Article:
The Malaysian Trades Union Congress (MTUC), the Malaysian Bar Council and Malaysian Association of Tour and Travel Agents (MATTA) have called on the government to begin implementing a lockdown to curb the spread of the Covid-19 in the country.
MTUC secretary-general J. Solomon said Malaysia now has the highest number of confirmed Covid-19 cases in Southeast Asia. The Health Ministry recorded 125 new cases of Covid-19 in Malaysia today, bringing the total number of cases to 553 so far. “It has become clear in recent days that the government’s response to the pandemic is woefully inadequate to check the alarming rate Covid-19 is spreading in the peninsular, as well as in East Malaysia. “Despite that, schools, universities and colleges remain open, as are factories and other workplaces where thousands of people – adults and children – congregate for long hours. “Restaurants, stalls, coffee shops and bistros continue to open till wee hours of the day with little regard for sanitation and cleanliness or the hygiene of their patrons. “In short, its business as usual,” said MTUC in a statement today. Solomon said Italy, France, and the United States have declared an emergency, with varying degrees of lockdown within their borders. Similarly, the Sri Lankan government ordered to close schools and imposed restrictions to minimise public gatherings after only five Covid-19 cases there, he said. Solomon said however in Malaysia, the government “seems averse” to drastically lessen public interaction to reduce the risk of mass infections. “As such, MTUC is urging the government to come out with clear and unambiguous measures on its plans to further reduce large scale public interactions,” he said. Solomon also said the government has to make a clear stand if schools and risky workplaces such as factories should be closed and stopped temporarily.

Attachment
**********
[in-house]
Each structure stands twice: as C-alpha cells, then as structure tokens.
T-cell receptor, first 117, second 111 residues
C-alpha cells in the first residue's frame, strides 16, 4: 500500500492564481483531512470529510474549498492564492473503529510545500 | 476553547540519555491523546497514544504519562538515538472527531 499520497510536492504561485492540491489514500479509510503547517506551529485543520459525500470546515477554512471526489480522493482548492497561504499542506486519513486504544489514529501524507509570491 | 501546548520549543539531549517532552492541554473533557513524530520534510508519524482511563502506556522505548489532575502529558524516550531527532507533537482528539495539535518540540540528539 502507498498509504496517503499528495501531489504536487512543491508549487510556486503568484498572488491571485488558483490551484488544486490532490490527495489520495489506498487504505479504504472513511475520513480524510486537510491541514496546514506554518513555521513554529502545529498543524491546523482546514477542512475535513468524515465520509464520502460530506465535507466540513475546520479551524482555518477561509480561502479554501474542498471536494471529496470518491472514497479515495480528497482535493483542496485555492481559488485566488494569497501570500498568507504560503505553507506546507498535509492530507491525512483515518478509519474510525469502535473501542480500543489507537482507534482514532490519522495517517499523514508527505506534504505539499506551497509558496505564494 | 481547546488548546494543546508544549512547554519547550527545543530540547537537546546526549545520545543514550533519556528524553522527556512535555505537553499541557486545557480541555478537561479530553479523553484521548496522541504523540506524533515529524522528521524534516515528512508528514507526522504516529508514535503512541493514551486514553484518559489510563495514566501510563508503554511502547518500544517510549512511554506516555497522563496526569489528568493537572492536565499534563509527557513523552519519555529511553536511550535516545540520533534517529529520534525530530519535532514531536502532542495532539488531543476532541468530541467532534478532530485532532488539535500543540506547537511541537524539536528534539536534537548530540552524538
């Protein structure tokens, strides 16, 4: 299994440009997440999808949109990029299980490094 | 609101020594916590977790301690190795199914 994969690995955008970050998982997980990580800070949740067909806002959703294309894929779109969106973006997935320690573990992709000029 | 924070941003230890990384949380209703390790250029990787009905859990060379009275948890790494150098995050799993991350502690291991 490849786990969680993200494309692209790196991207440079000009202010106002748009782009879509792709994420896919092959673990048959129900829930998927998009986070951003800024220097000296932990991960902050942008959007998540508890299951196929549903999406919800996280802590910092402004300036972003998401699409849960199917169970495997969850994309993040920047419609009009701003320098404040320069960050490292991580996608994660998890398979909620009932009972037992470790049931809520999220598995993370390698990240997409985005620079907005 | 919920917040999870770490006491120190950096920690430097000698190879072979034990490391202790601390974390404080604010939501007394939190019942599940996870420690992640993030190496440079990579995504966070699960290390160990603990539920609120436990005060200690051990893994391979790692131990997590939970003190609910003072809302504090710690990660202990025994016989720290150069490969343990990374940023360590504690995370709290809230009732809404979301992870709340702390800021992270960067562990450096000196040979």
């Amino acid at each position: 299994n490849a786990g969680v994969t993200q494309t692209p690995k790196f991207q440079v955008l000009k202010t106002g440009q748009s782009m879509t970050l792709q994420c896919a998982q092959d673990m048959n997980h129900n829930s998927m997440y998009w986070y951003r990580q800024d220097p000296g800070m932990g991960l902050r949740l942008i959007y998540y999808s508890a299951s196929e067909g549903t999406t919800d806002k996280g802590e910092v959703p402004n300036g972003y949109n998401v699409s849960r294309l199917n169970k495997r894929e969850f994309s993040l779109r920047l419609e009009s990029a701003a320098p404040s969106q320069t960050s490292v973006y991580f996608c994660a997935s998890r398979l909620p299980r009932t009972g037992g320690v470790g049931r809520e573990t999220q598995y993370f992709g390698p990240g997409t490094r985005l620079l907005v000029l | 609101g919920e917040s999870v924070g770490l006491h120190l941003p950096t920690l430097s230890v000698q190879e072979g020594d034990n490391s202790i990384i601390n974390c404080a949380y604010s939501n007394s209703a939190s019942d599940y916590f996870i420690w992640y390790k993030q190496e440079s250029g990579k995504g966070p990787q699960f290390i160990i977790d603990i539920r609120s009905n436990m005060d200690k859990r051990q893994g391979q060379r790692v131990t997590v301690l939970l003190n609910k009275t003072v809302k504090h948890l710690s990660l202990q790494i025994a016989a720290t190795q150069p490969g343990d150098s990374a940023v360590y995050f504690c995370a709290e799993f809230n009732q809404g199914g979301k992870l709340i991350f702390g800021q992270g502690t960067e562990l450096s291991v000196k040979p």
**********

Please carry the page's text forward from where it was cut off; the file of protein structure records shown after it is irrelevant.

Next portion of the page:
Meanwhile the MATTA has urged the Cabinet to declare an “all-out” war against Covid-19 by imposing a lockdown. MATTA president Datuk Tan Kok Liang said instead of continuing with “protracted battles on a piecemeal basis”, the government should have a lockdown. “An all-out war requires the entire country to be locked down, and this is what many European nations have already done and more countries are expected to follow suit. “The global outbreak of the Covid-19 has reached a scale where nations have to take bold and drastic measures,” said Tan in a statement on Monday. Datuk Tan said with the number of positive cases standing at 428, the initial response to contain the outbreak is no longer successful. As such, more effective measures are needed to contain the spread of the virus. DatukTan added that a lockdown should provide sufficient notice and be clearly spelt out, and not perceived as 24-hour curfew, which will result in panic buying and hoarding. He said mechanisms must also be in place to reduce unnecessary hardships to the rakyat, as well as remaining tourists still holidaying in Malaysia.
In a related development, the Malaysian Bar president Salim Bashir said the Bar Council was dismayed at the government’s delay in instituting a lockdown of the nation due to the recent spike in Covid-19 cases. “Since the recent spike in Covid-19 cases, various concerned citizens including doctors and healthcare frontliners have implored the government to institute a lockdown of the nation. “There are now cases in most states in Malaysia, with the majority in the Klang Valley. Many other countries have imposed states of emergency and directives to curb the spread of virus, including heavily affected countries such as Italy, the United States and Iran, while less affected countries like Sri Lanka and the Philippines are doing the same,” he said in a statement Monday. The council calls for a multipronged approach, at all levels of society, to effectively contain the spread of virus, he added. “We believe the government should act in accordance with the powers vested in it by the Prevention and Control of Infectious Diseases Act 1988 (PCIDA). “Pursuant to section 11 of the PCIDA, the government may declare that a particular area is infected, and under section 31(t) of the PCIDA, the government possesses a wide discretion to make regulations for the prevention or mitigation of infectious diseases,” he said.